An Inside Look at Sinus Infections

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"The Healthy Geezer" answers about health and aging in his weekly column

Question: Can a sinus infection cause a toothache?

Answer: Yes. Sinusitis is a nasty malady that can do much more than give you a toothache. An infection in the sinuses, which are located in your cheekbones, can cause your upper jaw and teeth to ache, and your cheeks to become tender to the touch.

The sinuses are four pairs of cavities. There are the frontal sinuses over the eyes; the maxillary sinuses inside each cheekbone; the ethmoid sinuses just behind the bridge of the nose; and the sphenoid sinuses, which are behind the ethmoids. Each sinus is connected to the nose.

Most cases of acute sinusitis start with a cold or allergy attack, which inflames the mucous membranes of the sinuses. Swelling traps air and mucus in the sinuses and, as a result, they can't drain properly. The trapped mucus creates ideal conditions for bacteria to grow.

Most people with sinusitis have pain or tenderness. Other symptoms of sinusitis can include fever, weakness, fatigue, nasal congestion, cough and sore throat.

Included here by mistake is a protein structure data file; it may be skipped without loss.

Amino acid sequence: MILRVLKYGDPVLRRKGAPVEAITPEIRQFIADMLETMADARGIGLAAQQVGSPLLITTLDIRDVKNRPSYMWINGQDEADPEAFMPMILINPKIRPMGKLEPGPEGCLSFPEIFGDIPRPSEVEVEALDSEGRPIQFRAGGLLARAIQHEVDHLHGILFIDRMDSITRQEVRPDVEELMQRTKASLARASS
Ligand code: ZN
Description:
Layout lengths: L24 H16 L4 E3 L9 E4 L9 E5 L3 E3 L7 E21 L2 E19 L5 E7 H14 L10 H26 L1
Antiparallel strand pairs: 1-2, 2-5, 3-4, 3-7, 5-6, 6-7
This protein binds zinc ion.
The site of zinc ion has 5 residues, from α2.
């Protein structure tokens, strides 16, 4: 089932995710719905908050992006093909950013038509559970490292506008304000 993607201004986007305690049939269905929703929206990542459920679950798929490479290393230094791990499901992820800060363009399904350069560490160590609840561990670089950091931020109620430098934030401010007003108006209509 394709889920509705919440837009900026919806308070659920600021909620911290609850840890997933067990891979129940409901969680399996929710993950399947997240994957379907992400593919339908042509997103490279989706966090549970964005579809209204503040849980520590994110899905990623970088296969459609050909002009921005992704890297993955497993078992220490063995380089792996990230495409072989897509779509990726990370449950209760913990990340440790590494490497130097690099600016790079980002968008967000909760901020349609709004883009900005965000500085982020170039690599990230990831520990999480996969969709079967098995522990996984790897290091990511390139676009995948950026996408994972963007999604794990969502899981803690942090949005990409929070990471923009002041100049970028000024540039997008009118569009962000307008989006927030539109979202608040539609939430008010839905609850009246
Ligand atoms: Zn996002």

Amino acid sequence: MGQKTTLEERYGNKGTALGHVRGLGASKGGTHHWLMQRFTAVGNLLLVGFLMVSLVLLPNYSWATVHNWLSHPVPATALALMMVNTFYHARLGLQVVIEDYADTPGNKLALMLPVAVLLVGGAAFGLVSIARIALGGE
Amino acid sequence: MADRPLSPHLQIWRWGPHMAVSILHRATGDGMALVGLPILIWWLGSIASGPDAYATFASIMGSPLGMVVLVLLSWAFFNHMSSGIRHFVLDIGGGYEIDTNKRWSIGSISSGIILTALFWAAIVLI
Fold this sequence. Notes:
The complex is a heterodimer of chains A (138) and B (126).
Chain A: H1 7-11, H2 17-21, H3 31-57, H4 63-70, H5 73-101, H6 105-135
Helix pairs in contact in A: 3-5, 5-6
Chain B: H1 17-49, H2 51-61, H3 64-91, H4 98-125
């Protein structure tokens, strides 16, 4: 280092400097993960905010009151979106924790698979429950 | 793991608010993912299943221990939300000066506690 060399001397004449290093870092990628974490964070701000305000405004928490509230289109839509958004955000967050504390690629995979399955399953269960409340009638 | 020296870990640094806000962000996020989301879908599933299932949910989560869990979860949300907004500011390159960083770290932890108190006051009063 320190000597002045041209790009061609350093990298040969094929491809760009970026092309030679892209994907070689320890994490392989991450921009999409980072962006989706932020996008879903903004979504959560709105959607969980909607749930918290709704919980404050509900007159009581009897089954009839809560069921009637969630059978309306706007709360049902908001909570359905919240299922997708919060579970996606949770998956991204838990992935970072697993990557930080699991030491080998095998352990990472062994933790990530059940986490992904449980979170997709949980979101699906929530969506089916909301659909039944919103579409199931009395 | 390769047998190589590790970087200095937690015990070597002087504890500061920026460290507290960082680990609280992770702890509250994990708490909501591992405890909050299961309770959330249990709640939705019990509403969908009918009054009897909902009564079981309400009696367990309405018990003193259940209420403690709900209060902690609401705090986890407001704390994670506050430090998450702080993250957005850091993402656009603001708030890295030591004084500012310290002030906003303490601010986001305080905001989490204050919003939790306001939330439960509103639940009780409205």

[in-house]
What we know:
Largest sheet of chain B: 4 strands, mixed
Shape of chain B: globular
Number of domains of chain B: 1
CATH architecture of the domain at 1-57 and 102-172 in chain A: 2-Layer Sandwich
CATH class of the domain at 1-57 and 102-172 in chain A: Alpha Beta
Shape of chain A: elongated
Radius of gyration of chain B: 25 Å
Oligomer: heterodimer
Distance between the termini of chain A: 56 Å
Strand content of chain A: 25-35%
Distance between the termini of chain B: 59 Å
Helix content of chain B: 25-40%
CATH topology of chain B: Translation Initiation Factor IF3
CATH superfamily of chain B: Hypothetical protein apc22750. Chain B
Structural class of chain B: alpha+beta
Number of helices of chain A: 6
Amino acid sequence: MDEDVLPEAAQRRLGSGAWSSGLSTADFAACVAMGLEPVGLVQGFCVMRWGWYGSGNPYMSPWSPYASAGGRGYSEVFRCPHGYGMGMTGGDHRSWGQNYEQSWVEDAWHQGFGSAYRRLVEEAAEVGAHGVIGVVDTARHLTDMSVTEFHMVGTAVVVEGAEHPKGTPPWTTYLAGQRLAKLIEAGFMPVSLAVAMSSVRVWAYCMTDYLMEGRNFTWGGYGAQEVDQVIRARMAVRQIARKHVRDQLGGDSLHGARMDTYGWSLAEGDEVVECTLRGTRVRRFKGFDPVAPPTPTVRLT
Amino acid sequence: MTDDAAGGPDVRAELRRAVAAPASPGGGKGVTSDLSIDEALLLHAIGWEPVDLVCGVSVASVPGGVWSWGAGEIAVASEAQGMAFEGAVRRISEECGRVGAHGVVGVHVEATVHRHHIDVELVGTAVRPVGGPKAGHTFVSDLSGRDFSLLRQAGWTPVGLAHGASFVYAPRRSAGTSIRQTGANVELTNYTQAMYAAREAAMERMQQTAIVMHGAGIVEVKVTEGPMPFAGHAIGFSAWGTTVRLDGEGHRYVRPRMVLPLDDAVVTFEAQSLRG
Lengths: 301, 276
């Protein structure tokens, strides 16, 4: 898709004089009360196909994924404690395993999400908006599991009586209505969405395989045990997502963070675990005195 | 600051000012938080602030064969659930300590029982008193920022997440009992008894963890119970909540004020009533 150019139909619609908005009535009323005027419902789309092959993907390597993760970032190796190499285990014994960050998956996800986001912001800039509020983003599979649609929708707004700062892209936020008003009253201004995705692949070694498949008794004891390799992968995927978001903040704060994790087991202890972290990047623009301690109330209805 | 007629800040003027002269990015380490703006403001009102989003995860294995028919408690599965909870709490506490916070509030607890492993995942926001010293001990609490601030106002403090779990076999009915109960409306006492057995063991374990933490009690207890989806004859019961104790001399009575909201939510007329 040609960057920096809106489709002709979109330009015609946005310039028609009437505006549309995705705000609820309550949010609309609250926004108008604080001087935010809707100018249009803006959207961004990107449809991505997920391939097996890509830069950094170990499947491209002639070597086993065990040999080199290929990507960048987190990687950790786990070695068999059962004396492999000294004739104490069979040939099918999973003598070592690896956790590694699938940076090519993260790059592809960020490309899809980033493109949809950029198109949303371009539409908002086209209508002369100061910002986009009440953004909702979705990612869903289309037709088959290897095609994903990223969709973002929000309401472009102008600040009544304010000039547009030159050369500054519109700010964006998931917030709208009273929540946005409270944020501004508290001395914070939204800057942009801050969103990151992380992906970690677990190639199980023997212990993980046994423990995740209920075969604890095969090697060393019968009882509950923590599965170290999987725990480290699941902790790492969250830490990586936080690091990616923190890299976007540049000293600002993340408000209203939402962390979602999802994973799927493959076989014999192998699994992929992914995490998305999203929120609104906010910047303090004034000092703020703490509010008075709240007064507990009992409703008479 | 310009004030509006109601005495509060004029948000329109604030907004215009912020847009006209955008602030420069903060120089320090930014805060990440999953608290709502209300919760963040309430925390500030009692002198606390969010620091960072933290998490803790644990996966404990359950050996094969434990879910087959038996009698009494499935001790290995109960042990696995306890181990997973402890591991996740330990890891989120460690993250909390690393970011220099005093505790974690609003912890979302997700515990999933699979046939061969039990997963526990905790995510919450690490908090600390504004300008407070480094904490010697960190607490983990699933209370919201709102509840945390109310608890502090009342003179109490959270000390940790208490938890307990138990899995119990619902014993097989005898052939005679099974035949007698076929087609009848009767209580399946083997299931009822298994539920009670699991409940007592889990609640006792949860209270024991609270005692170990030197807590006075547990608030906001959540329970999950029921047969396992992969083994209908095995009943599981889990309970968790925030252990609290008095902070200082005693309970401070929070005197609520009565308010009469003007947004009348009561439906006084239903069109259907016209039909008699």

If you have acute sinusitis, your doctor may prescribe decongestants, antibiotics and pain relievers. However, many cases of acute sinusitis will clear up without antibiotics.

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All rights reserved © 2012 by Fred Cicetti

Fred Cicetti is a contributing writer for Live Science who specializes in health. He has been writing professionally since 1963. Before he began freelancing, he was a reporter, rewriteman and columnist for three daily newspapers in New Jersey: The Newark News, Newark Star-Ledger and Morristown Record. He has written two published novels:" Saltwater Taffy—A Summer at the Jersey Shore," and "Local Angles—Big News in Small Towns."